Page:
Meanwhile, Olaf frees Elsa from her room and removes her straitjacket, saying only that some friends helped him create a diversion. They hurry to the ground floor of the palace.
By now, both Elsa and Anna have allowed their feelings to boil over into mutual hatred. Anna is furious over what she calls Elsa’s abandonment of Arendelle, whilst Elsa is enraged at being treated as though she is insane. They fight in the palace’s grand hall, though Elsa is still unwilling to use her powers until Anna retrieves a sword. Elsa repeatedly creates her own swords of ice, but each shatters upon contact with Anna’s sword. In desperation, Elsa freezes Anna’s sword such that it shatters. After that, she gains the upper hand as she traps Anna between blocks of ice. But as Elsa prepares to deliver the fatal blow, Melina rushes in and shoulder checks Elsa.
Pinning Elsa to the ground, Melina tries to shout some sense into her. Meanwhile, Anna, having realised that two months’ solitary confinement has left Elsa in a blind rage, breaks down in tears. Between Melina’s anger and Anna’s self loathing, Elsa realises that she has gone too far.
Only then do the three of them observe their surroundings. They find that instead of killing Anna, Elsa’s powers have locked the entire great hall in ice. Sheets of ice cover all the walls and block the doorways. Their calls for help go unanswered, and all of their attempts to melt the ice or chip away at it are useless. Even Elsa’s powers have left her.
Seeing no way out, Elsa makes amends with Anna, and then with Melina. Anna, convinced that both of these should have constituted acts of true love, checks the ice again. It is as impermeable as ever.
Anna then begins to discuss what they will do when they escape, but this depresses Elsa, who is convinced that she cannot be with Melina. Before Melina can have her say, Elsa cries out that she is abdicating. Melina and Anna are horrified to hear this, but cannot stop her. They do not notice the ice collapsing around them.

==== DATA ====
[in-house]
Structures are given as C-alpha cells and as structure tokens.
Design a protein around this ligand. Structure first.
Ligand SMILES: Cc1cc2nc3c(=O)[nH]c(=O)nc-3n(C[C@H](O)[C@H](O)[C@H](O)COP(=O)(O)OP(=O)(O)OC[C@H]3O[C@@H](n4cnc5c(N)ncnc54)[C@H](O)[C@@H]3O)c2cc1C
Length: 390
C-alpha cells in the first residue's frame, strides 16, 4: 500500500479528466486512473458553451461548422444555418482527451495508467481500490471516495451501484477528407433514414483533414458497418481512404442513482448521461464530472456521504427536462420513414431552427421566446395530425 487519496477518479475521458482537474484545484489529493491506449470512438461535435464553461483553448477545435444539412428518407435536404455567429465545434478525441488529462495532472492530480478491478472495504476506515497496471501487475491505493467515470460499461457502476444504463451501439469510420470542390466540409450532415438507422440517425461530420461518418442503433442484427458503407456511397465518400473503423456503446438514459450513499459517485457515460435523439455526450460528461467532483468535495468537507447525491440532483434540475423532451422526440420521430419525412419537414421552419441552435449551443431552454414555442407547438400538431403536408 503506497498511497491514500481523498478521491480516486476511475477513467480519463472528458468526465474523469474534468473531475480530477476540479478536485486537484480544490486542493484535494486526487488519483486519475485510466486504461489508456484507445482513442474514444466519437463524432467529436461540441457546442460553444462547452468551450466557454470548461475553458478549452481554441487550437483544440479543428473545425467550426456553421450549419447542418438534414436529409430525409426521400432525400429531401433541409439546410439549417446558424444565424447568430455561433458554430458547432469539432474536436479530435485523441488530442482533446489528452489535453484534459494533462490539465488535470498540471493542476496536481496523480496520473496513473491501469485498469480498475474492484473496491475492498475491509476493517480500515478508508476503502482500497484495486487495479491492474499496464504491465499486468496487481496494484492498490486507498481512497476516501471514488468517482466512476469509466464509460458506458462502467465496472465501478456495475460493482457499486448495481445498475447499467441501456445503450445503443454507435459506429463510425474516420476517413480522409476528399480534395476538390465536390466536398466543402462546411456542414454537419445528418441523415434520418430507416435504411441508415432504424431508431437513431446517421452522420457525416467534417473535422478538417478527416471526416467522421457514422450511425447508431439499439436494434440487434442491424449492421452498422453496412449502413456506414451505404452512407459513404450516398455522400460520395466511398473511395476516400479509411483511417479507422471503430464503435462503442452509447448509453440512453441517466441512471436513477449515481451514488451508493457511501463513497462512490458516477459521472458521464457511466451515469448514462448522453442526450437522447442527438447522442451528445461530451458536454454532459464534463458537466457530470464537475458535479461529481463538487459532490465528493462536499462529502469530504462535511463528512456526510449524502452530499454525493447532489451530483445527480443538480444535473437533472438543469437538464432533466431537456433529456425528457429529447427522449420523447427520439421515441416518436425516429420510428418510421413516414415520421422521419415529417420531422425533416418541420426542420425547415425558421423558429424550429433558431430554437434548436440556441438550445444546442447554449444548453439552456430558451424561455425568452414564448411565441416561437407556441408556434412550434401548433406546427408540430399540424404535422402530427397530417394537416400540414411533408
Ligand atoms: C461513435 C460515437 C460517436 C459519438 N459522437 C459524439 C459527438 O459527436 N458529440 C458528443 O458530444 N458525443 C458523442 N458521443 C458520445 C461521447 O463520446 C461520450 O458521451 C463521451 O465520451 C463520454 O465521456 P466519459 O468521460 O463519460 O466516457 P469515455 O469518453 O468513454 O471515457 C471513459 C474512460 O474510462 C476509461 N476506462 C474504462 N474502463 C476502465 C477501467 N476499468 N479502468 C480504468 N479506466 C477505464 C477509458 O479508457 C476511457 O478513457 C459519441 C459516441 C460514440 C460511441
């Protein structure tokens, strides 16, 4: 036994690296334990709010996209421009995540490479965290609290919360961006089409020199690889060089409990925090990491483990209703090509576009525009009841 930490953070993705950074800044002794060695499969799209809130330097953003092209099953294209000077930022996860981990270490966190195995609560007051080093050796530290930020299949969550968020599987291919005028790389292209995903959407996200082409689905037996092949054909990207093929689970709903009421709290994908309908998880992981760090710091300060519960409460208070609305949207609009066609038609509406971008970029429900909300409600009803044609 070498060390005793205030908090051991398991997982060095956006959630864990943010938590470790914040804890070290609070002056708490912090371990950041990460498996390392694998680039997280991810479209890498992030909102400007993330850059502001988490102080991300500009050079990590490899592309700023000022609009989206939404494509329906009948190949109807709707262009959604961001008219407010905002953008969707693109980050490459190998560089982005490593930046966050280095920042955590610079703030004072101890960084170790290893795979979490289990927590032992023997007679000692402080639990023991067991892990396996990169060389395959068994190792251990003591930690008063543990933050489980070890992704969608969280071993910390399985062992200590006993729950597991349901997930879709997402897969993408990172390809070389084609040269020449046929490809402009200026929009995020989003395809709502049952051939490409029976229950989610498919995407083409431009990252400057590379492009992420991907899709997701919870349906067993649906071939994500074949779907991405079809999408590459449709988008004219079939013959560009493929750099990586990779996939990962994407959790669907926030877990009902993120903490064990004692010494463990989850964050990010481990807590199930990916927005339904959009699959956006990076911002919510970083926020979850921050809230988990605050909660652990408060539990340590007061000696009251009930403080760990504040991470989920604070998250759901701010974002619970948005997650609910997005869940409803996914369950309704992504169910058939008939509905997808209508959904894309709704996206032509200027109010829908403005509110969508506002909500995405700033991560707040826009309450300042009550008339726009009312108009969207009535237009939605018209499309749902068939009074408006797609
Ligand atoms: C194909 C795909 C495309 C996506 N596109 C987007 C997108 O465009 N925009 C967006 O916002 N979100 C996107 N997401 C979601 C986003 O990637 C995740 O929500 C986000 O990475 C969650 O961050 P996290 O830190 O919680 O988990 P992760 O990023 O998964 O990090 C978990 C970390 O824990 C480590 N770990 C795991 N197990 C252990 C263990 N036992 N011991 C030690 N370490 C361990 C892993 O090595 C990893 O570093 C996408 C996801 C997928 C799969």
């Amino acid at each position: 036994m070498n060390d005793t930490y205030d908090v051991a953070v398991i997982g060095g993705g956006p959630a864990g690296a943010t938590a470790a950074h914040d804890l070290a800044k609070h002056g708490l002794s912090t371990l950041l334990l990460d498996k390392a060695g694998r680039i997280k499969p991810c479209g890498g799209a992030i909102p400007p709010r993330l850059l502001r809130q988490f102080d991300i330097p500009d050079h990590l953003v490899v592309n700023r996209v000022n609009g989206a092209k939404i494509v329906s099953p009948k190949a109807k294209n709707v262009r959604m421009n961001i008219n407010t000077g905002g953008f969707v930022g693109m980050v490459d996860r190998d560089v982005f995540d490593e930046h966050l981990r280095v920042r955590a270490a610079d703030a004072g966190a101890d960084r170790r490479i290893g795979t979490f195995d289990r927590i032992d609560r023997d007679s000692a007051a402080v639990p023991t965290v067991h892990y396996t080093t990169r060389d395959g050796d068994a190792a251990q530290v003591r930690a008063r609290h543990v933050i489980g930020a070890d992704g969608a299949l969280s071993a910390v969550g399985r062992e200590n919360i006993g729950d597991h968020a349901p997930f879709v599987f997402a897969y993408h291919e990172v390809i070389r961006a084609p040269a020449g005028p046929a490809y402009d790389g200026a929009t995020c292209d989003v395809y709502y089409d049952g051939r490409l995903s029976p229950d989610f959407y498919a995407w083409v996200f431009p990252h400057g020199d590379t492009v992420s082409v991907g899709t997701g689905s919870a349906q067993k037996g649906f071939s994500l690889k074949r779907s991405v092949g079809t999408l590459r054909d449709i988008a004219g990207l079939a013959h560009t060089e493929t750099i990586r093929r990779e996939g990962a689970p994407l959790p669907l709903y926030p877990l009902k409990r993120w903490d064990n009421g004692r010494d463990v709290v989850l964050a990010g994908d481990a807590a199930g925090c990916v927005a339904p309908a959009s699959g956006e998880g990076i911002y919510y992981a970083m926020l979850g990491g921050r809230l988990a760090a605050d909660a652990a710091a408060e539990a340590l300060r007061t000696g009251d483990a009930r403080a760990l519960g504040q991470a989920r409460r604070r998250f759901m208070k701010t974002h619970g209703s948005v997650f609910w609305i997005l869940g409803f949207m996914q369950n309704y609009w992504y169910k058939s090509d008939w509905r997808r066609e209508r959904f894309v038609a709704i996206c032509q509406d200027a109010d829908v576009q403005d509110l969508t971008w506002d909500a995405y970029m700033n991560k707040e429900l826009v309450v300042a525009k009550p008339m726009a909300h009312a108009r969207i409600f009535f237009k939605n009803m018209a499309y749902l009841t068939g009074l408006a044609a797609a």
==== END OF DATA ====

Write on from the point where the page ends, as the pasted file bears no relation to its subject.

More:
When they come to, it is morning. Kristoff rushes into the great hall, where Anna immediately kisses him and apologises for her treatment of him. She then notices that he seems a bit older. He reveals that twenty four years have gone by since the great hall was first frozen. He has worked as a palace attendant the entire time to ensure that the great hall is protected, having vowed never to walk out on Anna again.
Olaf then arrives with Torill, now a grown woman. They are shocked but overjoyed; they tell Elsa that she has been considered queen in absentia the entire time. Inga acted as regent until her death two years previously, at which point Torill took over. Arendelle has experienced a renaissance in that time, thanks in no small part to Inga’s decision to sign the trade agreement with Weselton. Torill then announces a recoronation ceremony in the coming days, but Elsa declines, saying that she has already decided to abdicate. The room erupts in commotion.
Melina, at the top of her lungs, cries out for silence so that she can explain to Elsa why she was there in the first place. She admits that in the days after kicking Elsa out of her apartment, she came to the realisation that she loved Elsa, queen or not. She then travelled to Arendelle, where she saw Olaf through the palace gates. They sought out Kristoff and told him about the sisters’ falling out. Kristoff agreed to help by gathering a crowd outside the palace, so that Olaf could sneak Melina and Sven inside.
Despite Melina’s revelation, Elsa offers the crown to Anna. In disbelief that Elsa no longer wishes to be queen, Anna insists that she always had faith in Elsa’s leadership, and that the effects of the trade agreement prove this. Finally, Torill suggests that the sisters share the crown. Elsa and Anna agree.
Several days later, a joint coronation ceremony is held in the palace. As she enters, Elsa greets many of the townspeople from the title sequence; they have all of course aged, and some have brought children along with them. With Kristoff by Anna’s side and Melina by Elsa’s, the sisters are proclaimed co-queens of Arendelle. During the reception, Kristoff proposes to Anna. Anna responds that she is overwhelmed, but that Elsa would not want her to marry so quickly. Elsa, hearing this, enthusiastically gives her blessing, questioning Anna’s definition of the word quickly.
PLEASE SEND ALL IRRELEVANT DETAILS TO <GOOBNET@GOOBNET.NET>
© 2018 GOOBNET ENTERPRISES, INC [WHICH DOESN’T ACTUALLY EXIST HOWEVER]
THIS FILE ACCURATE AS OF: THU 06 DEC 2018 – 06:34:58 UTC · GENERATED IN 0.009 SECONDS